Tuesday, January 31, 2017

Durban: decked; THE BOYS IN THE BOAT

        This morning I walked the short distance along the harbor front to the Maritime Museum to view the boat in which a South African claims to have made an open boat circumnavigation.  I had seen it when I was here in THE HAWKE OF TUONELA in 2008 and wanted to verify my memory.
        As the photos clearly show this boat is decked.  Decked from the bow to aft of the mast.  Decked from the bow along both sides to the stern.  Decked essentially as much as is GANNET or J-24s or every other small flush decked boat.  There are Moore 24s with cut out sterns that look very much like this boat.
        If I were to seal off GANNET's companionway and live and sail her from the cockpit, she would still not be an open boat.  She has a deck.  CHIDIOCK TICHBORNE did not.  Neither does Steve Earley's SPARTINA, a Welsford Pathfinder.  They are open boats.  Not having a deck is what makes a boat open.
        The South African sailor did complete an interesting small boat circumnavigation.  He did not do it in an open boat.
       When I wrote this I was not aware of the remarkable circumnavigation made in 2013-2015 by Evan Bourgnon in an open catamaran, of which I have written more here.


        I just finished reading an entertaining, compelling, inspiring book, THE BOYS IN THE BOAT by Daniel James Brown.
        To say that it is about the University of Washington  8 man rowing crew who won the gold medal at the 1936 Olympics and were considered then the best crew of all time is true, but a gross over-simplification.  The book is about the technique, the sacrifice and the spirituality of rowing.  It is about the art and craft of building boats of wood.  It is about the pursuit of perfection.  It is about overcoming hardship and poverty, the West Coast against the Eastern Establishment, the Great Depression, Nazi propaganda, which eighty years ago offered ‘alternative facts’.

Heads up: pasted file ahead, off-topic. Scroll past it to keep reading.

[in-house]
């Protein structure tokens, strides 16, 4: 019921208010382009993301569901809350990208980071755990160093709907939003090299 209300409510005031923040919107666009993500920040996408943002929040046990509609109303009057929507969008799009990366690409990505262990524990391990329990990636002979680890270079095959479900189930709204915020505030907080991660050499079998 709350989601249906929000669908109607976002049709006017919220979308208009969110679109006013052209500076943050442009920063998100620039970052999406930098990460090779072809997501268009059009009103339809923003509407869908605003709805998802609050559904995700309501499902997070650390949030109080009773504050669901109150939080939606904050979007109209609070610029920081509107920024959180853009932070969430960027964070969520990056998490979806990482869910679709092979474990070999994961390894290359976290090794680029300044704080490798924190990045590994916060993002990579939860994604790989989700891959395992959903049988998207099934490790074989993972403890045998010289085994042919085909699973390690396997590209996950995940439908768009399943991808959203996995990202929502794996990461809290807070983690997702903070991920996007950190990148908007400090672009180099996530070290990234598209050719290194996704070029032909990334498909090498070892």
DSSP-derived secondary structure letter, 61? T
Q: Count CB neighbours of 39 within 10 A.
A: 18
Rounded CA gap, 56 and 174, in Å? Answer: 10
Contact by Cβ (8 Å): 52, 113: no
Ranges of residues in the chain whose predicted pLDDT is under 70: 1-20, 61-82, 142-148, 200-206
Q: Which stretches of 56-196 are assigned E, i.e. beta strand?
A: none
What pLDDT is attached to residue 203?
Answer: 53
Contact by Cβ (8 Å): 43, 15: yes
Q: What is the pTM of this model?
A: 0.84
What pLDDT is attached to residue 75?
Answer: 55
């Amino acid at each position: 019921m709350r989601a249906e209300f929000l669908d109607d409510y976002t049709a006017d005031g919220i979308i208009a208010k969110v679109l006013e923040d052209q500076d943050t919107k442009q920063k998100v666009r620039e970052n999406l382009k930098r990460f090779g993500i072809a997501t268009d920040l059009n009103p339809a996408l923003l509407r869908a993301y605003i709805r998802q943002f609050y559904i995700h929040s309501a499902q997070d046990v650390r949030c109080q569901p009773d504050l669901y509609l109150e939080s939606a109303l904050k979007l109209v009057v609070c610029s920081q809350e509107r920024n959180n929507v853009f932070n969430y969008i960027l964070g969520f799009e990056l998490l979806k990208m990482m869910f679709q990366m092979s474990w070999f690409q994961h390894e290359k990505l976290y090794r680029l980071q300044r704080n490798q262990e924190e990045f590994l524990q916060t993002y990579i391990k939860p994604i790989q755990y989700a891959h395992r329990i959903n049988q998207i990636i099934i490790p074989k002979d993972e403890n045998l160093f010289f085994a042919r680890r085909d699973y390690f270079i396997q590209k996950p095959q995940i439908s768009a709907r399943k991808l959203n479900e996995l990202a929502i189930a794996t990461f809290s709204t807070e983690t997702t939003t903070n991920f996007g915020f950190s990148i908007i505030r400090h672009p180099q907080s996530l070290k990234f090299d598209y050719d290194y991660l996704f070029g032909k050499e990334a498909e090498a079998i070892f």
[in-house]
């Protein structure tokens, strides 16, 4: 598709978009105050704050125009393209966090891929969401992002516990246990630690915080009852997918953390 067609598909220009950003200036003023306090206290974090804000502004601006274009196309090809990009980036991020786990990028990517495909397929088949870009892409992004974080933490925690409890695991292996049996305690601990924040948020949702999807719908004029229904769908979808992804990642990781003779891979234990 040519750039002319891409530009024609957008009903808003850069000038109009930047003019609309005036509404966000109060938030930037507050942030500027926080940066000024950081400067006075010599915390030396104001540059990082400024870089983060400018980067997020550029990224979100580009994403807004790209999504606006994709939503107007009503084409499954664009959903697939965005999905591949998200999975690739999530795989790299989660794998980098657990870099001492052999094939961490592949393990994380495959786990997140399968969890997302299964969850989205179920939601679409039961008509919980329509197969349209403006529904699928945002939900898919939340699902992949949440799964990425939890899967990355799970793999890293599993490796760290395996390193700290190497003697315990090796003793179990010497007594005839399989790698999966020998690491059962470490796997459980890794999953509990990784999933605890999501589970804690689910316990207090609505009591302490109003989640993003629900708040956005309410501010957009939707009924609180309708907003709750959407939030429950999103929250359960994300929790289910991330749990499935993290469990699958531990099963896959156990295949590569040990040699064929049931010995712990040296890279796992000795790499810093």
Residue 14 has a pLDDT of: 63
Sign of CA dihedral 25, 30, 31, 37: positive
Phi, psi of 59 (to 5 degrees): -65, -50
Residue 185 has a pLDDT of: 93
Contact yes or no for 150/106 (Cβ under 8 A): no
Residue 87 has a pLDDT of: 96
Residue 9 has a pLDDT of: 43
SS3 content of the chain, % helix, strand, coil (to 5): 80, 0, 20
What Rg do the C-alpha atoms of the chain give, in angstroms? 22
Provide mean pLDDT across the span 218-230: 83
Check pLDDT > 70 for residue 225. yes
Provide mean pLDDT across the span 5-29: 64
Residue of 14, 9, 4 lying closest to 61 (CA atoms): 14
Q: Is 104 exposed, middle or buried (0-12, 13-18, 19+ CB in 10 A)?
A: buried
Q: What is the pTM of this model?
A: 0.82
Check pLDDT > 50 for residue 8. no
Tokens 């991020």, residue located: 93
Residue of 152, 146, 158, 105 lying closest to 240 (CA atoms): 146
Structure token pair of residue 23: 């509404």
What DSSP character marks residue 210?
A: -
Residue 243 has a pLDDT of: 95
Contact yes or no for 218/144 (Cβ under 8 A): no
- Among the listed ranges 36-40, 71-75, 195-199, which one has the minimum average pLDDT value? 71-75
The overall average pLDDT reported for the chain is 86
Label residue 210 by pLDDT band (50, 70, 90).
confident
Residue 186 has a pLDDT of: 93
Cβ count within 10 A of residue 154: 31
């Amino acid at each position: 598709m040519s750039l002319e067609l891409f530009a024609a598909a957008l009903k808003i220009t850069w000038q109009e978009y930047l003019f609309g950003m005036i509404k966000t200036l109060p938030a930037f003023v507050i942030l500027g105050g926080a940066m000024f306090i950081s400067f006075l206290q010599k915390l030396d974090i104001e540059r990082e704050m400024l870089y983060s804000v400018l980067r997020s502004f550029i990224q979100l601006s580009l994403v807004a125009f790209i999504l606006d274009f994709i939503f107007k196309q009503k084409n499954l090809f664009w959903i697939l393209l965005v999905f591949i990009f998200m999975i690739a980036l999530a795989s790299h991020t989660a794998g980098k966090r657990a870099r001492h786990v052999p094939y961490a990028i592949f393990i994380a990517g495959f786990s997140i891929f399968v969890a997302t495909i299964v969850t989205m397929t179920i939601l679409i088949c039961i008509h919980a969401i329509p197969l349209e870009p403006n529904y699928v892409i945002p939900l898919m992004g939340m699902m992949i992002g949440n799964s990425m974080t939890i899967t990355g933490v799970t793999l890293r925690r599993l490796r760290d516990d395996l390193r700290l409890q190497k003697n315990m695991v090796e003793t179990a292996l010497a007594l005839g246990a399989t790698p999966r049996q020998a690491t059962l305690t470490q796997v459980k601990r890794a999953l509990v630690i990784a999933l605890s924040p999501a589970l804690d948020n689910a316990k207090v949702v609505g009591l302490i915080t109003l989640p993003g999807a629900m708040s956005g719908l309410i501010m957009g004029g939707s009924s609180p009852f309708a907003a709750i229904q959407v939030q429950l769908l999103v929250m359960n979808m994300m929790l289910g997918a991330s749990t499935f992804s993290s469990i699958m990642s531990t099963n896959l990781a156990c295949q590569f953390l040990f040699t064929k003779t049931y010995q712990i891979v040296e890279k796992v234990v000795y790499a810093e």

Joe Rantz, the crew member followed most closely in the book, had a childhood from Hell with a truly evil stepmother and a father too weak to prevent her from doing what would have seemed to be irreparable harm.  Overcoming adversity can make you strong, but Joe had to overcome more than any child should and he seems to have risen above it.
        Although the outcome is known, Daniel James Brown manages to convey the tension and uncertainty the crew and coach felt through the years leading up to the Olympics and even through the final race itself
        I cannot recommend THE BOYS IN THE BOAT too highly and thank Jay for bringing it to my attention.

Monday, January 30, 2017

Durban: the floating grocery store and an open ended plan

        ‘The floating grocery store’ is how Carol accurately characterizes GANNET these days.
        On Saturday, I carried six sacks to the little sloop in two stages—they were too heavy to carry all at once—representing breakfasts for more than seventy days.